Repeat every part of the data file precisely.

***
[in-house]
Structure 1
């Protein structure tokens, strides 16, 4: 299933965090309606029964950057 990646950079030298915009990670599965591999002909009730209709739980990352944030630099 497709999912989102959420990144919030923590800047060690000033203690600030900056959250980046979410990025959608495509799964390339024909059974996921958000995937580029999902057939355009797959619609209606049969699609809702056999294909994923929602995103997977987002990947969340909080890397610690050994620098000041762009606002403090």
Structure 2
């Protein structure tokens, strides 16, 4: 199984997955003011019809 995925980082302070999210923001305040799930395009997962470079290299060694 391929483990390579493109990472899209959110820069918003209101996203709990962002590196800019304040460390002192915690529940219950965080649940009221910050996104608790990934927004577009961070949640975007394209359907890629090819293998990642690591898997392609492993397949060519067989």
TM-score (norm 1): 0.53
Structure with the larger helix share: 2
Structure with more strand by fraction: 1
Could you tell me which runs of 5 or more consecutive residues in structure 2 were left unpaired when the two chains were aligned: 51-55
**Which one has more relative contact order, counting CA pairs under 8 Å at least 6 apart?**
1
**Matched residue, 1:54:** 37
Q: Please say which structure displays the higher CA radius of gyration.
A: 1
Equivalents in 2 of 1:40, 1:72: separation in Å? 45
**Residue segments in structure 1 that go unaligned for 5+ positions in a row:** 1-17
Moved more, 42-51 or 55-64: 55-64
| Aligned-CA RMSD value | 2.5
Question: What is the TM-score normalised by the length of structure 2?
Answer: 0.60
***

[in-house]
Structure 1
């Protein structure tokens, strides 16, 4: 299933965090309606029964950057 990646950079030298915009990670599965591999002909009730209709739980990352944030630099 497709999912989102959420990144919030923590800047060690000033203690600030900056959250980046979410990025959608495509799964390339024909059974996921958000995937580029999902057939355009797959619609209606049969699609809702056999294909994923929602995103997977987002990947969340909080890397610690050994620098000041762009606002403090």
Structure 2
């Protein structure tokens, strides 16, 4: 199984997955003011019809 995925980082302070999210923001305040799930395009997962470079290299060694 391929483990390579493109990472899209959110820069918003209101996203709990962002590196800019304040460390002192915690529940219950965080649940009221910050996104608790990934927004577009961070949640975007394209359907890629090819293998990642690591898997392609492993397949060519067989």
TM-score (norm 1): 0.53
Structure with the larger helix share: 2
Structure with more strand by fraction: 1
Could you tell me which runs of 5 or more consecutive residues in structure 2 were left unpaired when the two chains were aligned: 51-55
**Which one has more relative contact order, counting CA pairs under 8 Å at least 6 apart?**
1
**Matched residue, 1:54:** 37
Q: Please say which structure displays the higher CA radius of gyration.
A: 1
Equivalents in 2 of 1:40, 1:72: separation in Å? 45
**Residue segments in structure 1 that go unaligned for 5+ positions in a row:** 1-17
Moved more, 42-51 or 55-64: 55-64
| Aligned-CA RMSD value | 2.5
Question: What is the TM-score normalised by the length of structure 2?
Answer: 0.60